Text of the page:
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Texas Business Organizations Code An Overview

by Sourav
Texas Business Organizations Code

Texas Business Organizations Code is the main legal text by which business corporations and LLCs must abide to register and do business in the State of Texas. This code governs all corporations, LLCs, partnerships, and sole proprietorships. Each of these categories has its specific laws and rules under which it operates. Thus, businesses must become fully aware of all the laws that apply in each category.
Under the Texas Business Organizations Code, all corporations and LLCs are obligated to dissolve when they fail to meet their obligations. If the business is not dissolved upon cessation of business, the members retain ownership of the business. Texas Business Organizations Code Section 1.2. Duty of Debt Collection: The obligation of debt collection is an obligation of a creditor for the recovery of debts owed to him by a debtor. In Texas, an owner of a corporation or an LLC is liable for the payment of debts owed to him by the corporation or LLC. An owner may, however, have the right to settle or pay in a court of law an unincorporated business.
This article is designed to be an informative resource about Texas Business Organizations Code. It is not legal advice. This article is not intended to resolve any legal issues and is not intended to provide, diagnose or treat any disease. Consult your physician for your medical concerns.
The Texas Uniform Trade Laws allow for freedom of contract. Contracts between Texas business entities are enforceable by Texas law through Article XX of the Texas General Laws. One important provision of that code is the January Submission Period. The period is required for most acquisitions and dispositions of tax-exempt securities.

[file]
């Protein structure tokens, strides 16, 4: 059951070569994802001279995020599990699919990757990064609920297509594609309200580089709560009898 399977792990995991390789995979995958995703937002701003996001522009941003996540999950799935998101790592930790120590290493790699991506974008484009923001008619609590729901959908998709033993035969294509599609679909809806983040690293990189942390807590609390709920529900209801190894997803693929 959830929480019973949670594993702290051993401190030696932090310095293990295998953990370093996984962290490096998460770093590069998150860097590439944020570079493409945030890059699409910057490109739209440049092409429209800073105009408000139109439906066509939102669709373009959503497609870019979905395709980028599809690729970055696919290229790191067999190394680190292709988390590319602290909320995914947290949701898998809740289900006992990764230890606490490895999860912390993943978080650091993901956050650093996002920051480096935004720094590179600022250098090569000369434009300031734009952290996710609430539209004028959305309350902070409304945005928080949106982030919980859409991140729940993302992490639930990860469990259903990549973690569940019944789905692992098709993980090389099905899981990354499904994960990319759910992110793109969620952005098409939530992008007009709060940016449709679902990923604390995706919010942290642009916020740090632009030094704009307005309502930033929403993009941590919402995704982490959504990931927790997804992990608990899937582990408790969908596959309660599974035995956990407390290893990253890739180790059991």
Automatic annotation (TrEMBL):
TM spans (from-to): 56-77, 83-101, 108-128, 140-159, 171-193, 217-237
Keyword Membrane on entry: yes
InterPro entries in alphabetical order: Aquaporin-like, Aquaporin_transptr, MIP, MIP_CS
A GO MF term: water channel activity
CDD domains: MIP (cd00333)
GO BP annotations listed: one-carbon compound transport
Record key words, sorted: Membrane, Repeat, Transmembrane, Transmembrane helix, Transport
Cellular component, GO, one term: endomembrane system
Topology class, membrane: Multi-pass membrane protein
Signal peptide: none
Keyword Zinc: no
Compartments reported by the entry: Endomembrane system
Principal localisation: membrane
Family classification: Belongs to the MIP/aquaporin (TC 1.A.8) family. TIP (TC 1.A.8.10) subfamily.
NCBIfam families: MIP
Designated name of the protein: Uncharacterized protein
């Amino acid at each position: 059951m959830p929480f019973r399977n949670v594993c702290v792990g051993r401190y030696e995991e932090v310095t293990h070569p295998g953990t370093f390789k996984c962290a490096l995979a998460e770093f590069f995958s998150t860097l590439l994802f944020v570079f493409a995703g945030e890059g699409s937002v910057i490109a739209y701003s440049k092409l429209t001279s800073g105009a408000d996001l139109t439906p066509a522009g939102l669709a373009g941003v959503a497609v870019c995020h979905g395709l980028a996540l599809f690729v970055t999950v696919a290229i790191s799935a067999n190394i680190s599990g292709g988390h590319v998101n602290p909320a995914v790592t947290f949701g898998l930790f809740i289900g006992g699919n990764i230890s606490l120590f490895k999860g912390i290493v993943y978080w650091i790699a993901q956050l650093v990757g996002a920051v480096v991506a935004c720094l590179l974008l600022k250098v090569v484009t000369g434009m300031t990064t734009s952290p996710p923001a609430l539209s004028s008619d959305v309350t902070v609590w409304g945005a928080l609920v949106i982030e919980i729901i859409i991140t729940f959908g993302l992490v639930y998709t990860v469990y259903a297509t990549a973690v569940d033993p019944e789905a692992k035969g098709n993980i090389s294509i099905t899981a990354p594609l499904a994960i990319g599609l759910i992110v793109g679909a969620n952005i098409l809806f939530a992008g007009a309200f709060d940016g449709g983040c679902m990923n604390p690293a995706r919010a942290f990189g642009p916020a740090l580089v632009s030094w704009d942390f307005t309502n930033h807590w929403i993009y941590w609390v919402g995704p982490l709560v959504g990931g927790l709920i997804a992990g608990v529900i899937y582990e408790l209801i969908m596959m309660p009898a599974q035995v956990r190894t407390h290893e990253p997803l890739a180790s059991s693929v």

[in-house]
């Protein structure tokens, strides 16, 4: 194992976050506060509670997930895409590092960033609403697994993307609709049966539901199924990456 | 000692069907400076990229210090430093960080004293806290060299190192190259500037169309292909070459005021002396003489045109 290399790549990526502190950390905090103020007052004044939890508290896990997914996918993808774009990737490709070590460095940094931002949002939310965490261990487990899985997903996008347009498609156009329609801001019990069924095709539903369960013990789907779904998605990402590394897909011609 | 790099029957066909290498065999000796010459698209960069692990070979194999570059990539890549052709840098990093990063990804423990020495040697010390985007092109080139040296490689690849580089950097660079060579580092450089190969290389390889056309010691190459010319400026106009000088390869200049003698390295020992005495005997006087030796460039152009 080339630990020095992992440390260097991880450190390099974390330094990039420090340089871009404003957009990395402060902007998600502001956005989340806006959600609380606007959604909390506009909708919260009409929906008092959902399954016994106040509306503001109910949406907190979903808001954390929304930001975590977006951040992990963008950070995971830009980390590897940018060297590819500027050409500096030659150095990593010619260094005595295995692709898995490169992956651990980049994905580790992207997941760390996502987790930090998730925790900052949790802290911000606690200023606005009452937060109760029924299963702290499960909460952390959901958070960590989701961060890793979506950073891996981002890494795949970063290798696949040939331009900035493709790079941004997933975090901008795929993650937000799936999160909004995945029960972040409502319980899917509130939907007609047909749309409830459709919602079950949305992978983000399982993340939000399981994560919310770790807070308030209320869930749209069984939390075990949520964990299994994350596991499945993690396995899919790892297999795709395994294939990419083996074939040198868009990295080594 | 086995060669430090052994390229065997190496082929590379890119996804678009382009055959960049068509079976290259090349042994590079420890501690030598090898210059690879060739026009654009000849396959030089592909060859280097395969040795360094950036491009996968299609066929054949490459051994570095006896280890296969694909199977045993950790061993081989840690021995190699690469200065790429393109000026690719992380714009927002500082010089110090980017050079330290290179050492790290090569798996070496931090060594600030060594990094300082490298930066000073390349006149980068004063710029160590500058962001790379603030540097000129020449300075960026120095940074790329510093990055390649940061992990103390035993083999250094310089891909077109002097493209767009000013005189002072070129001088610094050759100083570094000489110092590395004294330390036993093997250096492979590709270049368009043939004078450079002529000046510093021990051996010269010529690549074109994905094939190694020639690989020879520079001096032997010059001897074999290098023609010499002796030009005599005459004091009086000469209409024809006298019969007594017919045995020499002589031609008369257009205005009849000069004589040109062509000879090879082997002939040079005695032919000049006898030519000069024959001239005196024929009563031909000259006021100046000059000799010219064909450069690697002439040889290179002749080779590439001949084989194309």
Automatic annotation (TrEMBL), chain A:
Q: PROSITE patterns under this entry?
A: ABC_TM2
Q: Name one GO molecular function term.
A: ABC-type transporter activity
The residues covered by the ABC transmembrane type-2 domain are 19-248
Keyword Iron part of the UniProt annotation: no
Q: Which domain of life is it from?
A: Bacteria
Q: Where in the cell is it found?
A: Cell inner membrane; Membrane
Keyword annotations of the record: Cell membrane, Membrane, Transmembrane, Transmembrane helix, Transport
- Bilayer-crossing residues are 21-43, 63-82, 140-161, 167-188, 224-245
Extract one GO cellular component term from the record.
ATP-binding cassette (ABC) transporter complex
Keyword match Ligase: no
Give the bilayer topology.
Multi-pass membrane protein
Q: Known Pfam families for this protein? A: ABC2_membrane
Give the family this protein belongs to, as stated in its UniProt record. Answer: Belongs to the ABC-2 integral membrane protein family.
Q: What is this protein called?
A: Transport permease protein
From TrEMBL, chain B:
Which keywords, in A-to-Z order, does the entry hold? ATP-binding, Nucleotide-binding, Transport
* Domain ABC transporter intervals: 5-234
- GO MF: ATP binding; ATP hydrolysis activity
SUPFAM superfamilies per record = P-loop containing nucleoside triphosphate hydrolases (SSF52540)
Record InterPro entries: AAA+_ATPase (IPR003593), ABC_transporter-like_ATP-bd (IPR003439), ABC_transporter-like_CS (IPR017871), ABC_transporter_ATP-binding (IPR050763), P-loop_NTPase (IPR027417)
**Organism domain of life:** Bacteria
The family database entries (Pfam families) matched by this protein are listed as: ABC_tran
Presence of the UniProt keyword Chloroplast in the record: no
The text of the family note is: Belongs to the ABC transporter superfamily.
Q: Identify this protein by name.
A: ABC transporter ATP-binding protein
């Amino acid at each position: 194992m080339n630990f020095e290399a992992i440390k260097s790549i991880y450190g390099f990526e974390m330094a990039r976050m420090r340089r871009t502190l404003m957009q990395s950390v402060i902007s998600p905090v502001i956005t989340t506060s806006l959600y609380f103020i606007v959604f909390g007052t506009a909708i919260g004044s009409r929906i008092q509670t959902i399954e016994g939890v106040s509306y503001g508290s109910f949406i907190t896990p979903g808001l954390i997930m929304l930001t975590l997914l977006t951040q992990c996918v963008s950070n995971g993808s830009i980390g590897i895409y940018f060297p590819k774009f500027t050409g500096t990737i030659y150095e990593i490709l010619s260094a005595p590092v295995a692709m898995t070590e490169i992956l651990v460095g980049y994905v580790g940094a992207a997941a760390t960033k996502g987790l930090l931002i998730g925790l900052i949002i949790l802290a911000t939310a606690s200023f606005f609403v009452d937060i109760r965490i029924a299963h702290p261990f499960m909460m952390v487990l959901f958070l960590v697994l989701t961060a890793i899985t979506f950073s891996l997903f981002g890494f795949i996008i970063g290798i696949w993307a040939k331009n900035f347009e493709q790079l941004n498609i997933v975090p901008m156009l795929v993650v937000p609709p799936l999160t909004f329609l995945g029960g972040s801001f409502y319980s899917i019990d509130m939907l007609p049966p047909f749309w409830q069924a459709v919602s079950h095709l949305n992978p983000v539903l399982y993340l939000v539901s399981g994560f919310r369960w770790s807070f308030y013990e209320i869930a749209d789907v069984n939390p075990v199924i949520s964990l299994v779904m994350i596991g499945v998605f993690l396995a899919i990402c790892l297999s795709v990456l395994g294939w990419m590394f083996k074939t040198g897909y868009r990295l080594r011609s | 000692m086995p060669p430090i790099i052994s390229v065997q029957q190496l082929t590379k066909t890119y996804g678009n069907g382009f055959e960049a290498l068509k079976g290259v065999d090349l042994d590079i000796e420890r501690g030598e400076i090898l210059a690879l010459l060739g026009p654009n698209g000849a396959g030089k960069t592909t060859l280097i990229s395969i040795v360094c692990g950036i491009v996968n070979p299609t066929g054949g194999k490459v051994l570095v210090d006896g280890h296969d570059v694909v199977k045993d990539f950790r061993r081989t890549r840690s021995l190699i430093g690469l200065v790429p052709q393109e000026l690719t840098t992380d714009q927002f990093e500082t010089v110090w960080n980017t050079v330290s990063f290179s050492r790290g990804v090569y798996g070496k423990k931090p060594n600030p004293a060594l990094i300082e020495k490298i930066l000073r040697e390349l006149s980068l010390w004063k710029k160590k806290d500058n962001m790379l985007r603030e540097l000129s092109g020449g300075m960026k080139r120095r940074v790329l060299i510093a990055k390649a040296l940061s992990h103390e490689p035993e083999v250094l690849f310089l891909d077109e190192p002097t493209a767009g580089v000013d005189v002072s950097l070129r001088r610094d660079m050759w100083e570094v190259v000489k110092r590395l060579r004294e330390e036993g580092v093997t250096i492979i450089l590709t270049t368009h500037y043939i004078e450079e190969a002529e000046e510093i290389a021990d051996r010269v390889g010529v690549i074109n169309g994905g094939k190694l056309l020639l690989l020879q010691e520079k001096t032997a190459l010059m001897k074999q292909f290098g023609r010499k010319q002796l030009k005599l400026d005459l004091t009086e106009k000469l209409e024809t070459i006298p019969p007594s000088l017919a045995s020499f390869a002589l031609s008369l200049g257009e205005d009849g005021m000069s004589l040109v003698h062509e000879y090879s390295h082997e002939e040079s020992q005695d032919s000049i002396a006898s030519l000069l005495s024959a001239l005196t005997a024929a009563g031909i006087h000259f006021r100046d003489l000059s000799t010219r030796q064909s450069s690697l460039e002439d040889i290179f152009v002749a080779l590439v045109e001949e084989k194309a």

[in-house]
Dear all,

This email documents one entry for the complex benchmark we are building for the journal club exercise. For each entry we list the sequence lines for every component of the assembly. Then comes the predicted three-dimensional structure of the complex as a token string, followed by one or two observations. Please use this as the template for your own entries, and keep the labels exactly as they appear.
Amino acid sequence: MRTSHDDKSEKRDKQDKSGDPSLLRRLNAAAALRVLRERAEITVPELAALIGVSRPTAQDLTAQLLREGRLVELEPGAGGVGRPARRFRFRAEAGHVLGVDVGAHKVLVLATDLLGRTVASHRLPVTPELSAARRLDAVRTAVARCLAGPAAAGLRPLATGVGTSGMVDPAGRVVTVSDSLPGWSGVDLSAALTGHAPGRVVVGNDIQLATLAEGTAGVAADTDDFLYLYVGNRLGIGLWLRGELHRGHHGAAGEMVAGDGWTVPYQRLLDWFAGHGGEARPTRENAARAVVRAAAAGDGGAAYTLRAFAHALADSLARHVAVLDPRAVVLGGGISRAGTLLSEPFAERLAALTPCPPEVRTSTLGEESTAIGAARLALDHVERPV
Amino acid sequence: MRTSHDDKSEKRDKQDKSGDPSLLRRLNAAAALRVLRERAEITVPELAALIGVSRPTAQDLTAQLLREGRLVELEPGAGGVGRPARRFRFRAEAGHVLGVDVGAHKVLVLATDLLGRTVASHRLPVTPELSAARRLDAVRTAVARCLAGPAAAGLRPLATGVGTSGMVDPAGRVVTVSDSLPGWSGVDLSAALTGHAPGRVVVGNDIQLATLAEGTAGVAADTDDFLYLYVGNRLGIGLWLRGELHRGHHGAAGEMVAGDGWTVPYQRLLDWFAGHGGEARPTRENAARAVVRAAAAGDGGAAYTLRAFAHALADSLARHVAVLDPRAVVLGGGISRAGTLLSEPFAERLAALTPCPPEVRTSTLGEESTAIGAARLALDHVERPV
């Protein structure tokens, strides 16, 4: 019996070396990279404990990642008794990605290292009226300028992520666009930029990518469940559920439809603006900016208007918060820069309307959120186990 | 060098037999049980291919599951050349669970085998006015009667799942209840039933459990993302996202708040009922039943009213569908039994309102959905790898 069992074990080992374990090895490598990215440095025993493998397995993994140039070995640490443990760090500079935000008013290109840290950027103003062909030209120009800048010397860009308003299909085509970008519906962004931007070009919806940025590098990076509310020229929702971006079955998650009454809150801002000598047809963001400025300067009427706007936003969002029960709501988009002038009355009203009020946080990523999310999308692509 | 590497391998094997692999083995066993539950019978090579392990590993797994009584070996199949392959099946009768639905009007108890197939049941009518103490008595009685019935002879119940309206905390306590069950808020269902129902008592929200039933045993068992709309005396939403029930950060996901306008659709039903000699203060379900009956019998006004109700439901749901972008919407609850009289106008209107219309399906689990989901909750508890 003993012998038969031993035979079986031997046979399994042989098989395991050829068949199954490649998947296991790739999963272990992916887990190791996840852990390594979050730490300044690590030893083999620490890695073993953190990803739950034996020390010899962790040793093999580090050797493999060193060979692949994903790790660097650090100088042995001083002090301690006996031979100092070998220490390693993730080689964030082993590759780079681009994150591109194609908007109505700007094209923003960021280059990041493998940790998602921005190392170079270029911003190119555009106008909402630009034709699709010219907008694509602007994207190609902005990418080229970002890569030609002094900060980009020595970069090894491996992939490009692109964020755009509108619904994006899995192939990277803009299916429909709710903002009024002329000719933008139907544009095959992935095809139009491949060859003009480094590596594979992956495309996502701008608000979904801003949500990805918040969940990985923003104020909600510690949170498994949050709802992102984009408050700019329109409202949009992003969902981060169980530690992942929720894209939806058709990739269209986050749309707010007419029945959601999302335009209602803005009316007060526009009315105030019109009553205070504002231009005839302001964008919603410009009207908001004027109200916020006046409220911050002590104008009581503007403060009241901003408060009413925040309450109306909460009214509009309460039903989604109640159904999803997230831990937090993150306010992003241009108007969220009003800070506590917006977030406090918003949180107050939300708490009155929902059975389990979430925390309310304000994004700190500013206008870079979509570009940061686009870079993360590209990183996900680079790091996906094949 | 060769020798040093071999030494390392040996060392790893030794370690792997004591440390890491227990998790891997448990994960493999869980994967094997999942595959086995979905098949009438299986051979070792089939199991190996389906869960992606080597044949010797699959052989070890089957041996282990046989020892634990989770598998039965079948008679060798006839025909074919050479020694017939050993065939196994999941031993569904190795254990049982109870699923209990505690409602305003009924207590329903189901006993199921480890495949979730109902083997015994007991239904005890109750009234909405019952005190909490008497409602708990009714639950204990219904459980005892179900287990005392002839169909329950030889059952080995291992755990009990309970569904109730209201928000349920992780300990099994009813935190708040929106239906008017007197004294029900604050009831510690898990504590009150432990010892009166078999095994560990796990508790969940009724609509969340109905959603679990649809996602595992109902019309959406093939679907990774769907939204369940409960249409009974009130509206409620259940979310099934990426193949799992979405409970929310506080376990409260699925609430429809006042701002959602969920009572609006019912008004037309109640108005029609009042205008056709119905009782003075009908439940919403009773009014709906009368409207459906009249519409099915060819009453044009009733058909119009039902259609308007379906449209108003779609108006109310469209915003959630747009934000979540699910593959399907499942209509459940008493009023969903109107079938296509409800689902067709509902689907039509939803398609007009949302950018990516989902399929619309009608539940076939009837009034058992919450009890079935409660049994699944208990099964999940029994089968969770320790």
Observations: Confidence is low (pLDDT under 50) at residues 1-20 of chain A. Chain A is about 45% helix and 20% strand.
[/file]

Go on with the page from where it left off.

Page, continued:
One of the fundamental business transactions covered in the Texas Uniform Trade Laws is the Offshore Trading of Securities. There are several reasons for which a foreign entity may wish to open a trading account in the Republic of Texas. Some foreign entities may choose to do so for regulatory considerations. Regulators in some foreign countries may penalize companies or entities with less than registered foreign trade securities. A foreign entity may desire to take advantage of a low tax rate. To facilitate this, the Texas Department of Corporations & Registration has published a foreign filing entity report.
One of the other reasons for foreign filing entities to seek registration in the State of Texas is that the Lone Star State offers a generally more conducive environment for doing business. Regulation of corporations and limited liability companies in the state is more effective. A person who has been granted registration may, therefore, reap the benefits of having favorable treatment on the books of commerce in various trade shows held throughout the Lone Star State. Foreign filing entities may also have better access to banking relationships, a necessary prerequisite for facilitating trade in the Lone Star State.
Foreign filing entities will be required to pay an application fee before being able to file for a certificate of Registration of Business. This cost is in addition to the standard filing fees in all states. This does not mean that a foreign entity will be permitted to skip the filing fees altogether. It is recommended that such a person consults with a competent lawyer before taking any action.
No matter which state a foreign entity chooses to establish its registration, it is important that the legal structure is following Texas law. The Texas Limited Liability Company Code provides the basic structure for these formations. Every state has its unique taxation system. Every business filing entity must comply with the state tax law to register. The Texas Business Organizations Code also covers all matters related to the formation of limited liability companies.

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